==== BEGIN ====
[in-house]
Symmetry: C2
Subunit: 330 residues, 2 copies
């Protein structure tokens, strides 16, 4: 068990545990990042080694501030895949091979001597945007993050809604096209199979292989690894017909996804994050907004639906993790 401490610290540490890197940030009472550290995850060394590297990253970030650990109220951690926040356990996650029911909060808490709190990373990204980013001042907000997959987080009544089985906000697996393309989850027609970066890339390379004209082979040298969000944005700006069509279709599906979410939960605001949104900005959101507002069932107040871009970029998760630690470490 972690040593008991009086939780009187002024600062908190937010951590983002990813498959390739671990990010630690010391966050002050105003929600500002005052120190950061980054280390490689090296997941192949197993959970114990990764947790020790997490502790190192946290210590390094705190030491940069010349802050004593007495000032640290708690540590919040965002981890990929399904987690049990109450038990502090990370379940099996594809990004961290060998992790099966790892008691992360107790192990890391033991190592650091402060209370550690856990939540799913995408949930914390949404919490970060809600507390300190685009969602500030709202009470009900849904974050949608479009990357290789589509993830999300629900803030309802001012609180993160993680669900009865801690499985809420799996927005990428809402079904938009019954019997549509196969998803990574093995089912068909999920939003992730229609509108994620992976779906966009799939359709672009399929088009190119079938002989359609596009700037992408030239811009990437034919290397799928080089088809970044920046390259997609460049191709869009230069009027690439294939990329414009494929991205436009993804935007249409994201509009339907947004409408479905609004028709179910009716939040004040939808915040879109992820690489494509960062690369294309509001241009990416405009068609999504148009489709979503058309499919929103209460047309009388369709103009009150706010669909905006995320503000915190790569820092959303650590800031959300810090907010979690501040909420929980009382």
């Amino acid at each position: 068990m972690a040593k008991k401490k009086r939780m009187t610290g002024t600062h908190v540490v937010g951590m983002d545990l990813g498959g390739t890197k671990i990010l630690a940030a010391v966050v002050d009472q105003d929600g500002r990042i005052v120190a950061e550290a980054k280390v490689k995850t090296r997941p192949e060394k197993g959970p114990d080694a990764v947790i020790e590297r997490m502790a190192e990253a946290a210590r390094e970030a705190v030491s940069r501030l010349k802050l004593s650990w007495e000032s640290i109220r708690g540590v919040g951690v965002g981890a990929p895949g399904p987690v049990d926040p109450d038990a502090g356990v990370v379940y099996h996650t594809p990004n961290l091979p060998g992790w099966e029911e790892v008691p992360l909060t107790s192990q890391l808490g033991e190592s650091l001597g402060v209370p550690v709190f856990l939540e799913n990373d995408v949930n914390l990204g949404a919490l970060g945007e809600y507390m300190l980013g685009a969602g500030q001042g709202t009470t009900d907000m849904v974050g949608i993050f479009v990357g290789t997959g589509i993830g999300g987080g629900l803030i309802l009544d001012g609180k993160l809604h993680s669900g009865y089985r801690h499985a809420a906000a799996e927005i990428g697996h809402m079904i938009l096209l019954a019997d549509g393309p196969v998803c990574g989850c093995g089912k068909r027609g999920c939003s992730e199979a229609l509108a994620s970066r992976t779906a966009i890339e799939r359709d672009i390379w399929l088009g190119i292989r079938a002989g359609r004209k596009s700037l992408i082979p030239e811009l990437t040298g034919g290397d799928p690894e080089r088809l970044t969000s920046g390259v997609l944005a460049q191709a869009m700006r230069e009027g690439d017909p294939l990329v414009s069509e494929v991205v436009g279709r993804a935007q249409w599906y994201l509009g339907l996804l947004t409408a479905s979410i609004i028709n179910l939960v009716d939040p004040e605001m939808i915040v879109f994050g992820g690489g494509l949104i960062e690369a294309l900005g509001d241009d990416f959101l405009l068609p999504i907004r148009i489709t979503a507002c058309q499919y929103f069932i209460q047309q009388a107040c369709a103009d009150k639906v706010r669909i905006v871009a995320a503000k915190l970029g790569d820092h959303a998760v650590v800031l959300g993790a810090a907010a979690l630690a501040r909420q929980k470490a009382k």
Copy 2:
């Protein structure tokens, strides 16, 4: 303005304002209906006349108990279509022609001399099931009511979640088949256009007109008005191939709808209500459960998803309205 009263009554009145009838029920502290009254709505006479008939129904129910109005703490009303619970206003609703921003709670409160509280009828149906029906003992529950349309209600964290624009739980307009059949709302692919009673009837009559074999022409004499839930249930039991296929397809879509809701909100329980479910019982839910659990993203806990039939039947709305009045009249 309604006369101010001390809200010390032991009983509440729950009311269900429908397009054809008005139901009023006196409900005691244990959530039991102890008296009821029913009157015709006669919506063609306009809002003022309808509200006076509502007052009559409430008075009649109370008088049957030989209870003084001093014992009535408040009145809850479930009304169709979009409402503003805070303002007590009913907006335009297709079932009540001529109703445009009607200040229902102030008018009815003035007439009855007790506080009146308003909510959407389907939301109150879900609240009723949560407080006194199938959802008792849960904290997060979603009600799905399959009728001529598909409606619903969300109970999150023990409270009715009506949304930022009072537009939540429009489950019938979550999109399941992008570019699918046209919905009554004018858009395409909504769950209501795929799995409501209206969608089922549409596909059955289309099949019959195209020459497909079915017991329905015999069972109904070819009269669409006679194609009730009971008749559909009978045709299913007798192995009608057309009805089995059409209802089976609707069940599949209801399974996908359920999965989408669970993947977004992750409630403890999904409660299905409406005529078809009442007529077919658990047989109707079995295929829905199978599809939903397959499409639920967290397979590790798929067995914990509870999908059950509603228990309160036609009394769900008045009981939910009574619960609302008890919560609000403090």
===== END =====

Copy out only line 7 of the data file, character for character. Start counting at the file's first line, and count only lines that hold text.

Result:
């Protein structure tokens, strides 16, 4: 303005304002209906006349108990279509022609001399099931009511979640088949256009007109008005191939709808209500459960998803309205 009263009554009145009838029920502290009254709505006479008939129904129910109005703490009303619970206003609703921003709670409160509280009828149906029906003992529950349309209600964290624009739980307009059949709302692919009673009837009559074999022409004499839930249930039991296929397809879509809701909100329980479910019982839910659990993203806990039939039947709305009045009249 309604006369101010001390809200010390032991009983509440729950009311269900429908397009054809008005139901009023006196409900005691244990959530039991102890008296009821029913009157015709006669919506063609306009809002003022309808509200006076509502007052009559409430008075009649109370008088049957030989209870003084001093014992009535408040009145809850479930009304169709979009409402503003805070303002007590009913907006335009297709079932009540001529109703445009009607200040229902102030008018009815003035007439009855007790506080009146308003909510959407389907939301109150879900609240009723949560407080006194199938959802008792849960904290997060979603009600799905399959009728001529598909409606619903969300109970999150023990409270009715009506949304930022009072537009939540429009489950019938979550999109399941992008570019699918046209919905009554004018858009395409909504769950209501795929799995409501209206969608089922549409596909059955289309099949019959195209020459497909079915017991329905015999069972109904070819009269669409006679194609009730009971008749559909009978045709299913007798192995009608057309009805089995059409209802089976609707069940599949209801399974996908359920999965989408669970993947977004992750409630403890999904409660299905409406005529078809009442007529077919658990047989109707079995295929829905199978599809939903397959499409639920967290397979590790798929067995914990509870999908059950509603228990309160036609009394769900008045009981939910009574619960609302008890919560609000403090």